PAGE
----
Andy Seaman (Energy Manager, left) with Gabriel Wondrausch from Sungift Solar. Image courtesy of Rob Coombe.

New solar installation to cut energy-related carbon

The University of Exeter has taken another step towards reducing its carbon footprint, with the installation of more than 500 solar panels on the Sports Hall roof. The photovoltaic (PV) system is part of the first phase of the University’s 2016-2026 Low Carbon Commitment Implementation Plan, which aims to achieve a 50 % reduction in energy-related carbon emissions by 2026.

The subsidy-free solar installation, installed by South West-based clean energy experts, SunGift Energy, will see a projected 124,929kWh of electricity generated annually for the University, enough to power more than 30 homes a year. Despite having a number of other smaller systems on campus, this new solar array is by far the largest and more than doubles the University’s solar PV capacity.

100% of the energy produced by the PV system is used on-site, helping to maximise the University’s solar consumption, whilst achieving both carbon and financial savings. Since its installation last summer, the PV system has already generated over 40,000kWh of electricity.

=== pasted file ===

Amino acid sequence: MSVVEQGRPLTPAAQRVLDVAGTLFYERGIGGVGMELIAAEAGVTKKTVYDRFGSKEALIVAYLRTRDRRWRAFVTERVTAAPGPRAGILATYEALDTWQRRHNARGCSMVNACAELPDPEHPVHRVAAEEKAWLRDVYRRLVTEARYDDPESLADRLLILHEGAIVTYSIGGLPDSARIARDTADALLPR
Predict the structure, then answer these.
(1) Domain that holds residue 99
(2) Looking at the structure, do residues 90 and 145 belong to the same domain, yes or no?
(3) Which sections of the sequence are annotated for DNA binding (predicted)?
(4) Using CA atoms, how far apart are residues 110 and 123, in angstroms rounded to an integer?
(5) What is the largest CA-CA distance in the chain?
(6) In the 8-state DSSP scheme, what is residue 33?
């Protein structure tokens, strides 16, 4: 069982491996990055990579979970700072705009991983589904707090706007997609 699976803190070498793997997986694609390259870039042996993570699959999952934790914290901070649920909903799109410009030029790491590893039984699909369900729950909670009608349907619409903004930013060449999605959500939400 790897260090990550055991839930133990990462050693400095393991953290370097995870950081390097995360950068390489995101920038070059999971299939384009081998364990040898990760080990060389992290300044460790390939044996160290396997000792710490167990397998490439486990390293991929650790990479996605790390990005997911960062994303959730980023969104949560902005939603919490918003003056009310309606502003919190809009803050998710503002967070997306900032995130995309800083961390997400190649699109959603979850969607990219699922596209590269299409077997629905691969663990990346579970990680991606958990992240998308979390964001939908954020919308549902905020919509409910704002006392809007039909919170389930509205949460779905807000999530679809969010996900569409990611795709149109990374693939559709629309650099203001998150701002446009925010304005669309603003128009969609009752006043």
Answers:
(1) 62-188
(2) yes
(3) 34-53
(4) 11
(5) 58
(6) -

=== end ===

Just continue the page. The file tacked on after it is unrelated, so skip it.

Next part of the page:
This project forms a part of our ambitious carbon reduction targets which were announced in October 2018, and is one of many low carbon projects taking place on campus, including solar PV installations, energy efficient lighting and upgraded insulation.

Andy Seaman said: “To deliver a project of this size we had to partner with a company that understood our needs and could design an array that was tailored for us. This is not a one-size-fits-all solution and to create an installation that will deliver for us long into the future we needed something designed specifically for us. SunGift has provided an excellent start to this journey and are one of the industry partners the Energy Team will be working with over the coming years.

 “The University has taken many steps in recent years to reduce its carbon emissions. We are committed to reducing our environmental impact and rising to this challenge as the University continues to grow. We also value how many small actions make a big difference and will be working closely with our staff and students to empower them to take their own actions to help us reduce our carbon emissions and improve our environmental performance.”

Gabriel Wondrausch, founder and managing director of SunGift Energy says, “We are very excited to be working with the University of Exeter on this project, and we’re looking forward to our continued partnership. As we employ several Exeter alumni, it is good to see their knowledge feeding back into the University in such a positive way. This subsidy-free installation shows that producing your own electricity on-site and when you need it is greatly advantageous, offering both financial returns and sustainability benefits.”

For more information, see our sustainability pages.

Date: 19 March 2019

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